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Tactical Analysis

World Cup Tactical Analysis: Brazil 1-1 Chile (3-2 pens): Full backs make the running for Brazil

The knockout stages, like the group phase, kicked off in style, with an exciting encounter featuring the host team and their raucous fan base. They were up against one of the tournament’s upstarts, Chile. A Chilean victory wouldn’t have been as shocking as many might think, considering the fact that La Roja had already dumped out the defending champions Spain in the last round. Nerves before the start of the match were evident. You could see it on the faces of both sets of players when they were getting ready in the tunnel.

Formation & Line Ups

Brazil: Cesar, Marcelo, Luiz, Silva, Alves, Fernandinho, Gustavo, Hulk, Neymar, Oscar, Fred.

Chile: Bravo, Medel, Silva, Jara, Aranguiz, Isla, Mena, Diaz, Vidal, Sanchez, Vargas.

Made using Tactical Pad.

Made using Tactical Pad.

ANALYSIS

Overall approach

Brazil started with a 4-4-2/4-4-1-1 ish formation with Neymar behind Fred and Hulk and Oscar the left and right respectively.  Fernandinho started in the midfield instead of the first choice Paulinho, partnering Gustavo. The back four was as expected.

Chile had a much more basic 5-3-2/ 3-4-3 formation. Varagas and Sanchez were supported by Vidal with Aranguiz and Diaz forming the midfield. Isla and Mena were deployed on the wings with an expected back 3.

The game had a good tempo throughout the 90. But most part of the extra time was played at a significantly lower pace as Chile clearly wanted the game to go to penalties.

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In the early exchanges of the first half, Chile narrowed down space really well and pressed energetically in midfield. Neymar was particularly stifled by the Chileans as he was fouled about 4 times in the first 30 minutes of the game.  The Chileans pressed Brazil 3v3 at the back and thus not allowing them to play out easily. But instead of Gustavo, who is the primary holding midfielder for Brazil  dropping deep to play the ball out, it was usually one of the fullbacks. The home side had a larger share of the ball for the majority of the first half. Neymar caused the back 3 some problems early on with his pace on the counters running from deeper positions.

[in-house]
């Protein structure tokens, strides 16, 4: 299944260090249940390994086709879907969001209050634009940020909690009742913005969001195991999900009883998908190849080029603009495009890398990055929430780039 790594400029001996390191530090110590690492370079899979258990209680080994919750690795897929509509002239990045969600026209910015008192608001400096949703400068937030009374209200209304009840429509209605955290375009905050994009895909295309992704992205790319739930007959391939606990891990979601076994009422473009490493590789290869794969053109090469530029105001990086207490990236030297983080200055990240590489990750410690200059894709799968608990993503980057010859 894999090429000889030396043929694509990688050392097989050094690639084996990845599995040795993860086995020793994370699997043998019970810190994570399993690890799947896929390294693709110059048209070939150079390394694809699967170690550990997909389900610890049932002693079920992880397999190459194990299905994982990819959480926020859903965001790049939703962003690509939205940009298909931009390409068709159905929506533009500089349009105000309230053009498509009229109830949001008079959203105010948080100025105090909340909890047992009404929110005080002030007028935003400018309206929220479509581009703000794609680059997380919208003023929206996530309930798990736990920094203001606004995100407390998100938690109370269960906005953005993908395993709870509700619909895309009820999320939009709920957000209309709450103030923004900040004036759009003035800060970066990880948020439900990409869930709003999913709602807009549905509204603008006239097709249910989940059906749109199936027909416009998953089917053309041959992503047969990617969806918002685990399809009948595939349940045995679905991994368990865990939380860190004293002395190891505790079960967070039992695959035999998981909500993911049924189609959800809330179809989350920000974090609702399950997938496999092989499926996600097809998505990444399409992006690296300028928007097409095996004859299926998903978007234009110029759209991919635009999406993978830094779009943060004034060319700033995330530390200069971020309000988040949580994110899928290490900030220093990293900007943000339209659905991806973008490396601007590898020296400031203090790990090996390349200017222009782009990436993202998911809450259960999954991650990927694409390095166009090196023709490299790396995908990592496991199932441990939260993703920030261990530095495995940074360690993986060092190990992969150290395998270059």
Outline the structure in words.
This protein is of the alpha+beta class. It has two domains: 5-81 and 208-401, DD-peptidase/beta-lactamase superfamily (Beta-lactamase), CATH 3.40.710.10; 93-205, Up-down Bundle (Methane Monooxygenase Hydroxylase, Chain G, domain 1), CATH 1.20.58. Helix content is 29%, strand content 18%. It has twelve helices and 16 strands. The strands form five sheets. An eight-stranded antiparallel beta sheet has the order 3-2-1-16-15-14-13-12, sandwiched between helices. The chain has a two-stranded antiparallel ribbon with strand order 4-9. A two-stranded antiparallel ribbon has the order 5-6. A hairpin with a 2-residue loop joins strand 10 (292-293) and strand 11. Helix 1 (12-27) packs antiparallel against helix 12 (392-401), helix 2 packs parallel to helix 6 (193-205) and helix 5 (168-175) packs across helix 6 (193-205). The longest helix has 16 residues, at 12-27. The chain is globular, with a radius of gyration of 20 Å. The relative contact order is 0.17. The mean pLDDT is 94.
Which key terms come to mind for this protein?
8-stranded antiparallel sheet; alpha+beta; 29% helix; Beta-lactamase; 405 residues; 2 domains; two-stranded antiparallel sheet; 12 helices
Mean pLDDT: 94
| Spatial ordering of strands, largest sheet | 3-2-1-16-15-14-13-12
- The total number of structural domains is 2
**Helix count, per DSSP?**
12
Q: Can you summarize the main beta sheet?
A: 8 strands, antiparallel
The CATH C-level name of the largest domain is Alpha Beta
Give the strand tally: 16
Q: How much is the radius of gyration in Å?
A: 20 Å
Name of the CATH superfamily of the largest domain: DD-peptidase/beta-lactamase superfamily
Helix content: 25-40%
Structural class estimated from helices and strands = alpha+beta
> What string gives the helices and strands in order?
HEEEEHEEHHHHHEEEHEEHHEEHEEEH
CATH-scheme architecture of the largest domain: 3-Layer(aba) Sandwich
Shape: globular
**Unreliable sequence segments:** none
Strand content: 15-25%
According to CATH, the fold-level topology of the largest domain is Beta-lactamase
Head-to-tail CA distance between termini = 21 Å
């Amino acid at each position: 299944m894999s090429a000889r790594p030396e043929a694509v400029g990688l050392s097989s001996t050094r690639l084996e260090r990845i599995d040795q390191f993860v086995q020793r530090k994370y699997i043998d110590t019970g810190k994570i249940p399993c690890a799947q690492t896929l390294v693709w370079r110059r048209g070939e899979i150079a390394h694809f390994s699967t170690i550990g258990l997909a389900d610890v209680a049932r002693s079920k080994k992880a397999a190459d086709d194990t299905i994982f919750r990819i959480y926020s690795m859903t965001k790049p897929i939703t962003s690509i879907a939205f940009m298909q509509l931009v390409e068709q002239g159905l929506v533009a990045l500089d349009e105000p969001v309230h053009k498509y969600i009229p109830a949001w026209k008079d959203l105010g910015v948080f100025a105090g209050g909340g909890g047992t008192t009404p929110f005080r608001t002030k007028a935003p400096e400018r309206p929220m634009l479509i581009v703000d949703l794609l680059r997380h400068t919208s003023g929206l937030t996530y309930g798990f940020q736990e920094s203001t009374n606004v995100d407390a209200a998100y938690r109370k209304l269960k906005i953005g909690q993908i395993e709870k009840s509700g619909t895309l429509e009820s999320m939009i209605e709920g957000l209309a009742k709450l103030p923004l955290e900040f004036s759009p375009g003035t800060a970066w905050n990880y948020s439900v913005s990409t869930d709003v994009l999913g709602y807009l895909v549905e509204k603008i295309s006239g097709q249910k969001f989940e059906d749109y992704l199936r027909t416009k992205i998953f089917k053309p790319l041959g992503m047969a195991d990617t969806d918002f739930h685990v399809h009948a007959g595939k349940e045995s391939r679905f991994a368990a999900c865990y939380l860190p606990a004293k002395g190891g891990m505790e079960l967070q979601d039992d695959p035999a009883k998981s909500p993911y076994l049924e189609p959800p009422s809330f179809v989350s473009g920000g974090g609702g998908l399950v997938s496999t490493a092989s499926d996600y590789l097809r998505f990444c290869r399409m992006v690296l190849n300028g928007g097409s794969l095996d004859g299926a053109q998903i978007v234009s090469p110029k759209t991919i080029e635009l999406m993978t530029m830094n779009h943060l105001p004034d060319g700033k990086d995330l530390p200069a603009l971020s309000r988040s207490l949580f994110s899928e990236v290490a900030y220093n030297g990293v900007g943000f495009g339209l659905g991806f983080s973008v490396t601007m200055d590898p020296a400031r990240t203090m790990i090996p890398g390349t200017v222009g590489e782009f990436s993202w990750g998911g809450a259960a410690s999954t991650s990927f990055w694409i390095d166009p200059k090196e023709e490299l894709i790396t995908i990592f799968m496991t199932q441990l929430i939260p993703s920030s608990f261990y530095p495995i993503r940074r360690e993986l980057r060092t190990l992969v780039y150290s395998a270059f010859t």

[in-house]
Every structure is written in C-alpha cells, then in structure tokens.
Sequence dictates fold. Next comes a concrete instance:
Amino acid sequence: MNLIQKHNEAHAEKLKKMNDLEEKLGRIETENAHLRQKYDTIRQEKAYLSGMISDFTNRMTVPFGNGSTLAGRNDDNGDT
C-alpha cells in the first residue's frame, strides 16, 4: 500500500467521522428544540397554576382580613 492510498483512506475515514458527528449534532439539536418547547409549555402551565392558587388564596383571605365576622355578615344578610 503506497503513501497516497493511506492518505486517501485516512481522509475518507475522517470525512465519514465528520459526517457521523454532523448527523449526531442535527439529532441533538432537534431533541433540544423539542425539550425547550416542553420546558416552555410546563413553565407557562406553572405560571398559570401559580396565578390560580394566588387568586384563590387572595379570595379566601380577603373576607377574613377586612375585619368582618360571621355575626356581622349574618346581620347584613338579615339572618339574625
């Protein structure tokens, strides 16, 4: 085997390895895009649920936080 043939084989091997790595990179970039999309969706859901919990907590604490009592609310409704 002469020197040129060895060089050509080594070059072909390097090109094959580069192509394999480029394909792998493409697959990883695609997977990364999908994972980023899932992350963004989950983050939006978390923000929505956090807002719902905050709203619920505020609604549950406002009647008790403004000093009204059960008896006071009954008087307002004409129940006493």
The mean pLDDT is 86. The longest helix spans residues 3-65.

While playing out of the back the back three split up and formed sort of an inverted triangle. But they usually favored the long ball approach, targeting Vidal to win the headers. The full backs didn’t push on as much in the first half than they did in the second.

Vidal's headed duels

Vidal’s headed duels | Squawka.com

The Chilean goal was largely down to a lack of concentration in the Brazilian defense. Hulk’s poor pass was intercepted by Vargas following a simple throw in who passed excellently for Sanchez to finish.

The Brazilian midfield was disappointing. Although Gustavo was promising early on and made a couple of good runs, his colleagues in Oscar and Fernandinho had a quiet game. Fernandinho just completed 12 passes in around the 70 minutes that he played as and Oscar wasn’t able to influence the game much from his right hand sided position.

Gustavo's overall performance map. via fourfourtwo.com

Gustavo’s overall performance map |
via fourfourtwo.com

Fred too was disappointing. Although he worked considerably well in deep positions while defending to compensate for Neymar, he didn’t offer enough threat. Costa, had he agreed to play for Brazil, would have offered much more hunger and quality in attack as well as defense. He would have been the perfect guy to partner Neymar

Chile didn’t have a center forward who would stay in the box and finish, like a poacher. Vidal, primarily a holding midfielder played through the center while the forwards essentially played like attacking wingers. There was one instance in the game where Sanchez was in a good position to release the ball but there was no one in the box. Vidal was deep and Vargas was wide.

BraChi3

Touches that the Chilean and Brazilian strikers had on the ball. Chileans were a lot more active in wide areas | squawka.com